Tata Nexon First Drive Review: Betting Big On Next-Gen Design
Tata’s new compact SUV, the Nexon, is expected to appeal to millennial buyers with its radical styling.
I had first seen the Tata Nexon as a concept vehicle at the Auto Expo in 2014. The futuristic-looking compact SUV, had cuts and curves that looked 10 years ahead of its time and drew plenty of appreciation from the critics and crowds.
Three years later, I’m in the driver’s seat of the Tata Nexon, and wonder of wonders, the vehicle looks almost exactly like the concept, save for a few practical touches that have been tweaked into the design. A hat tip to Pratap Bose, head of design at Tata Motors, and his team who designed the Tata Nexon. Usually, no one expects a production vehicle to look almost exactly like the concept.
The Quint was invited by Tata Motors to Kochi, Kerala, for a test drive of the Tata Nexon petrol and diesel variants. Our drive took us from the city roads of Kochi to the lush green hills around Idukki and back, dodging killer KSRTC buses, negotiating narrow roads and some steep hill climbs.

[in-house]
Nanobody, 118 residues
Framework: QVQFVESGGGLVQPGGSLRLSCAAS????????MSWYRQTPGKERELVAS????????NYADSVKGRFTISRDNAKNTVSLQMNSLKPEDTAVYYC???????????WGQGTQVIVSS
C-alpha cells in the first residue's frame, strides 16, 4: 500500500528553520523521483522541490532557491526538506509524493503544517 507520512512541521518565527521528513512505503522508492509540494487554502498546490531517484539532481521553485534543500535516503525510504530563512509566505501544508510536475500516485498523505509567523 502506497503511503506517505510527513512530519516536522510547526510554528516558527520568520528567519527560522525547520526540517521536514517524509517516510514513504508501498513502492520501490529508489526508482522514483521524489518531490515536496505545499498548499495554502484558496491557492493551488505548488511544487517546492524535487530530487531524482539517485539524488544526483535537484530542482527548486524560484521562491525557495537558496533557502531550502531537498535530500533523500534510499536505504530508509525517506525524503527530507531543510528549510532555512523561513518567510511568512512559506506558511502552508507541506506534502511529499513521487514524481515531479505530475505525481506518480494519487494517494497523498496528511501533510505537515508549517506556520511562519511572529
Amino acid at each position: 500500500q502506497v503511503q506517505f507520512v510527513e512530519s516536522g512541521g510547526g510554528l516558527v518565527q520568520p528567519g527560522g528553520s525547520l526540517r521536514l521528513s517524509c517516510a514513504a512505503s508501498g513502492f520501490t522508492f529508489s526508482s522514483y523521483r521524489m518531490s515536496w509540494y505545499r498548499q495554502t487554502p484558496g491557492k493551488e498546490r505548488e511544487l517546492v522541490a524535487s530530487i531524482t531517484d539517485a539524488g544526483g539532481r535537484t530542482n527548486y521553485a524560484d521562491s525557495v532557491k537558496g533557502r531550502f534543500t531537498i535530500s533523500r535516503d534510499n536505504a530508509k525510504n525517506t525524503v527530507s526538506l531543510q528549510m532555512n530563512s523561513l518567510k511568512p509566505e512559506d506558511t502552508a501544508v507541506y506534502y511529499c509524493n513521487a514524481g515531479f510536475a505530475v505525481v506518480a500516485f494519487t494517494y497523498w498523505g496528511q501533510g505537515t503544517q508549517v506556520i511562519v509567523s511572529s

Design and Looks
The most striking thing about the Tata Nexon is its looks. It stands out and turns more than a few heads. Yet, Tata has managed to keep its design language intact (read smiley face – or what Tata calls the ‘humanity line’). The Nexon is loosely based on Tata’s X1 platform, which underpins the Tata Bolt and Zest, hence the vague familiarity in design. But the similarity ends there.
The front-end of the Tata Nexon is pleasant to look at –there is a hidden happiness in that smiley face grille, with a bold chrome strip running under it all the way around the headlamps. The headlamps on the XZ+ variant (the top-end version) of the Tata Nexon are twin-beam, projector units with LED daytime running lamps.
What’s interesting is the use of white-ceramic plastic to break the design monotony. This white strip extends all along the shoulder of the vehicle, ducks under the C-pillar and wraps on to the boot in an X-shape (the X-factor, as Tata calls it). This lends the rear a completely futuristic look – slightly inspired from the Range Rover Evoque. The roof on the top-end variant is a different colour from the body, separated by that white ceramic strip and matte-black around the window-line.